Coulombs, Better Places of the World to Open Doors for Smaller Startups?

It might seem far off, but electric car infrastructure startups such as Coulomb Technologies and Better Place may soon foster opportunities for the classic “two guys in a garage” model of entrepreneurship in Silicon Valley in order to find a place in the often capital-intensive development of green car technology. The way IBM Energy & Utilities VP Allan Schurr sees it, companies aiming to build the hardware for vehicle-charging technology are likely to follow the model of cell phone companies, handing off most of the software work — for managing things like payments, charge point availability and reservations — to outside developers.

“Coulomb really wants to manufacture stuff. If others focus on the software,” Schurr said, then the Coulomb team can work on refining its manufacturing business. Schurr, who spoke with us yesterday at the Opportunities in Grid-Connected Mobility Conference in San Francisco, thinks this will be a growing area of opportunity for bootstrapped and seed-funded tech startups.

Even Better Place, with Shai Agassi — the former No. 2 at enterprise software giant SAP — at the helm and what spokesperson Julie Mullins describes as “a huge engineering contingent working in-house” doesn’t build all its own software. When we visited the Better Place headquarters earlier this year, Sidney Goodman, VP of automotive alliances, said, “We’re not developing everything from scratch.” The company is tight-lipped about this piece of its model, and Goodman offered only that Better Place is “using existing enterprise systems out there.” Mullins told us today:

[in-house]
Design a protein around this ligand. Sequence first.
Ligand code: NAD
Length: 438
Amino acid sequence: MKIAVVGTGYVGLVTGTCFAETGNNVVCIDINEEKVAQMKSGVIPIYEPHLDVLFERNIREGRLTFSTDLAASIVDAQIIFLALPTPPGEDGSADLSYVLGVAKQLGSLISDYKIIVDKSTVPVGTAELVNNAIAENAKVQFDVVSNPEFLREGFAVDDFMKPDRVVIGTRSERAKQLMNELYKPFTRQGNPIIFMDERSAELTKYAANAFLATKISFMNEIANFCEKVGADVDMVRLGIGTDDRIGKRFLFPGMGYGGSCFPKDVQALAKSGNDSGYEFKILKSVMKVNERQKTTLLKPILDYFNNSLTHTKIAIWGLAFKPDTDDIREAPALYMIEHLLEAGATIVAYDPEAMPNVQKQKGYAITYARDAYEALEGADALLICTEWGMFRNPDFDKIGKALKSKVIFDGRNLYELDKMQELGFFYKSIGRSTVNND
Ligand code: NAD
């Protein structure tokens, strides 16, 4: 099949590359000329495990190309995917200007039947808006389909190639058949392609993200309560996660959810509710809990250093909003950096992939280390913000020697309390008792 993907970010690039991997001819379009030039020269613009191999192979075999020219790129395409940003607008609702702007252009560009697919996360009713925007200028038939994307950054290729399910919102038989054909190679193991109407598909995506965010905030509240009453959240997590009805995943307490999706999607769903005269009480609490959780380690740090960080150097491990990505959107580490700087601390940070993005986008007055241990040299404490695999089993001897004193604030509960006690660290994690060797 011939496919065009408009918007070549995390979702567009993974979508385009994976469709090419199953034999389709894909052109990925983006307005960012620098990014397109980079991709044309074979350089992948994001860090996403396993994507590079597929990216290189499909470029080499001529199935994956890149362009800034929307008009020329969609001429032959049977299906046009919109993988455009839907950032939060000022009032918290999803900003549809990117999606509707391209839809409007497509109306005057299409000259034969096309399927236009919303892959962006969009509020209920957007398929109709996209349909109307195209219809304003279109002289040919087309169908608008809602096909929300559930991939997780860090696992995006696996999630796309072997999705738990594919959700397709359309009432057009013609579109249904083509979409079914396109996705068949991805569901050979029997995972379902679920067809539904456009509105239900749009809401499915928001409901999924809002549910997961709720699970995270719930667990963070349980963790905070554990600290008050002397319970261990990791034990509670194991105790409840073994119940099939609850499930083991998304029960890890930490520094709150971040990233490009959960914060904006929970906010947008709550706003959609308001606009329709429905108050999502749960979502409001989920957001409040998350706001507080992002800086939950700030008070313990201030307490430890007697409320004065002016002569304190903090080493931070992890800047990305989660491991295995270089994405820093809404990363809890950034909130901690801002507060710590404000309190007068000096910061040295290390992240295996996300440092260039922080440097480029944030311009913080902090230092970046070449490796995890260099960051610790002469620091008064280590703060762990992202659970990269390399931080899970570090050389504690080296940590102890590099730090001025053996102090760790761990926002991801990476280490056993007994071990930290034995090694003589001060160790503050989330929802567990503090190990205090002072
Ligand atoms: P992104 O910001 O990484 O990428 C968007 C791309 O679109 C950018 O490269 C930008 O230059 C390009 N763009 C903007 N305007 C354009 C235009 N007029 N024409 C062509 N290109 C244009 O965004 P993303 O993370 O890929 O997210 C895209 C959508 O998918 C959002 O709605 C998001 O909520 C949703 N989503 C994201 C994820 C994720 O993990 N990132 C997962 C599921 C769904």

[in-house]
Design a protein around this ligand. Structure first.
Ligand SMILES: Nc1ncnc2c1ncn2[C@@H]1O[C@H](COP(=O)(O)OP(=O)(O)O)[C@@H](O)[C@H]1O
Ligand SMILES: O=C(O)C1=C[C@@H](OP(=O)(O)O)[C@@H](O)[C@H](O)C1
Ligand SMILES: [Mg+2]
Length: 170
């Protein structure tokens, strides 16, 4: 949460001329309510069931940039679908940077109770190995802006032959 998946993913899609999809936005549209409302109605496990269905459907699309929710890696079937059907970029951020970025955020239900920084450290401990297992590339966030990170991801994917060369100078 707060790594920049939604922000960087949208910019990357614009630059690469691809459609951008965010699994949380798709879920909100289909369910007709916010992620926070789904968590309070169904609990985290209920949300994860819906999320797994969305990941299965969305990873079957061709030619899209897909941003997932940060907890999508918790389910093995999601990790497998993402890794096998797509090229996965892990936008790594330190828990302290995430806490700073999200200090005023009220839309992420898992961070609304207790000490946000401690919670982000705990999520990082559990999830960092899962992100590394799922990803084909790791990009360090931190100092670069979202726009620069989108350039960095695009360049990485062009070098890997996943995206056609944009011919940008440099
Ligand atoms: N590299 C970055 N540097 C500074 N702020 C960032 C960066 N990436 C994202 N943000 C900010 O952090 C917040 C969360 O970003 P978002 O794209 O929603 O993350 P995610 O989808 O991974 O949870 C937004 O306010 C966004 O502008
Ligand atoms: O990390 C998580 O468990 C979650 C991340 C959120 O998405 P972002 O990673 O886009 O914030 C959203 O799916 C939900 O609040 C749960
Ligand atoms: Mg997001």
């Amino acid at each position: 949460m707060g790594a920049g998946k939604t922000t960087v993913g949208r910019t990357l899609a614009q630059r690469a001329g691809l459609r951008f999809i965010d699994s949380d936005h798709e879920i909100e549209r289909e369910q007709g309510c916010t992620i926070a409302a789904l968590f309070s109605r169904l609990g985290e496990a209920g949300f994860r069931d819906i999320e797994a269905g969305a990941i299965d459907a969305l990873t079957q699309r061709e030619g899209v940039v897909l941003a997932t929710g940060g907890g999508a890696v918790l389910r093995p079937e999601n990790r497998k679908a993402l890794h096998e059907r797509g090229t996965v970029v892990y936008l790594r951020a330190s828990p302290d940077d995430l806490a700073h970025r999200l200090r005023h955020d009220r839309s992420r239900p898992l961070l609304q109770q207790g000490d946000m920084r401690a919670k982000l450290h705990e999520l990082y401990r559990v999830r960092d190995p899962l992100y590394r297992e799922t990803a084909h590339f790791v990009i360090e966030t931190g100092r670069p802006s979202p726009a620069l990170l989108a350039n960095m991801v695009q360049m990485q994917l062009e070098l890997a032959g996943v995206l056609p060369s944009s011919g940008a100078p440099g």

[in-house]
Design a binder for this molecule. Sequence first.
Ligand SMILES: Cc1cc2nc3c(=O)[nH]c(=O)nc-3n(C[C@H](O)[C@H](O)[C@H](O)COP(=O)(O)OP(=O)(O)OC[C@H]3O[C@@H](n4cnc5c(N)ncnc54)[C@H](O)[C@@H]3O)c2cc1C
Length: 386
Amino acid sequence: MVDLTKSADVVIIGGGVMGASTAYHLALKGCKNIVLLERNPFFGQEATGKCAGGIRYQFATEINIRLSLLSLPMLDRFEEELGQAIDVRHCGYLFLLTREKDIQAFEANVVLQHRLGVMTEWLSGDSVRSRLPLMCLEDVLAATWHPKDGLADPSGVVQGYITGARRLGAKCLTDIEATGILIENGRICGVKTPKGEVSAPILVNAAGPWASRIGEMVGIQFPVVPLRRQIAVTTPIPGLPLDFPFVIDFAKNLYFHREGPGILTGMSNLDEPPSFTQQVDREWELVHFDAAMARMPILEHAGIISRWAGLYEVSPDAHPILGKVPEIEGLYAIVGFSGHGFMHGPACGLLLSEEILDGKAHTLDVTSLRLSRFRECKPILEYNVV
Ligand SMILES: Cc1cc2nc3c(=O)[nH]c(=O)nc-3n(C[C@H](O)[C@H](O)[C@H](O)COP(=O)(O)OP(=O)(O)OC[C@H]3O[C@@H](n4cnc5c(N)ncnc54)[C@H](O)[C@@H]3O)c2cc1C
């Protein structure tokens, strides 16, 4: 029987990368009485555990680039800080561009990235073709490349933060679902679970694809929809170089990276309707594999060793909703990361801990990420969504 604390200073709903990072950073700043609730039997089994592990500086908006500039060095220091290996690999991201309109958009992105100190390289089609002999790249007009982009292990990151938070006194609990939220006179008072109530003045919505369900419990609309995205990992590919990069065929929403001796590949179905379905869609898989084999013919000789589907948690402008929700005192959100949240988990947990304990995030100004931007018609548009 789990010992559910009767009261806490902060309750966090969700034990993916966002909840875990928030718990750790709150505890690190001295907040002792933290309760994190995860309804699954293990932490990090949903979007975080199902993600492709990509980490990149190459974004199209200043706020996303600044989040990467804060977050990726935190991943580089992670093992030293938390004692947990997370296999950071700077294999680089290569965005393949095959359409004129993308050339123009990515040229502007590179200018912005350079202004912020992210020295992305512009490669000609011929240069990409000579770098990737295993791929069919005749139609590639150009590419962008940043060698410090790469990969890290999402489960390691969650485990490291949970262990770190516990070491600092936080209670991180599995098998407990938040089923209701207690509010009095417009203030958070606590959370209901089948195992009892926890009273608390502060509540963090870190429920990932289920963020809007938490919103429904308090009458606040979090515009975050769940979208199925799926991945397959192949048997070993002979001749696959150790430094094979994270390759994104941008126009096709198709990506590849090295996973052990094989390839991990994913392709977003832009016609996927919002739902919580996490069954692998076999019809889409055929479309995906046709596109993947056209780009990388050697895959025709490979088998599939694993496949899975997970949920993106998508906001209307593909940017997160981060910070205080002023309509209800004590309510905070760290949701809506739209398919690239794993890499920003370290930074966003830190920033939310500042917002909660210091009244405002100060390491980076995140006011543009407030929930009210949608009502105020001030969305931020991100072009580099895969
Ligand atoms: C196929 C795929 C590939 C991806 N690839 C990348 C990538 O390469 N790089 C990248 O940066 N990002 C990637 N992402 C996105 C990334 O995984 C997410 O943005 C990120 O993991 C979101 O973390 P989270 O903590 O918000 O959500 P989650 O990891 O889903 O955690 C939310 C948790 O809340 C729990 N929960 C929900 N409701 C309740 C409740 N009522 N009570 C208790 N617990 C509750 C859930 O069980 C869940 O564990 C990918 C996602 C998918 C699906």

While we’re not ready to fully disclose our software plans, what I can tell you is that the electric car is largely a consumer electronic device driven by software. This is where Shai’s background at SAP and the strength of our R&D team (many of whom come from SAP) is helpful.

Schurr emphasized that a tech giant like IBM has an important role to play once plug-in vehicles get beyond the pilot phase, starting in 2011 and especially after 2020, when he expects to see plug-in cars coming onto the grid in significant numbers. He said IBM, which has several smart charging projects in the works, looks for small companies with innovative technology that it can help “harden” and scale up for mass scale deployment. Startups with limited resources and experience may be able to handle the pilot stage of plug-in vehicles, he said, but “20 million vehicles is not the same problem.”

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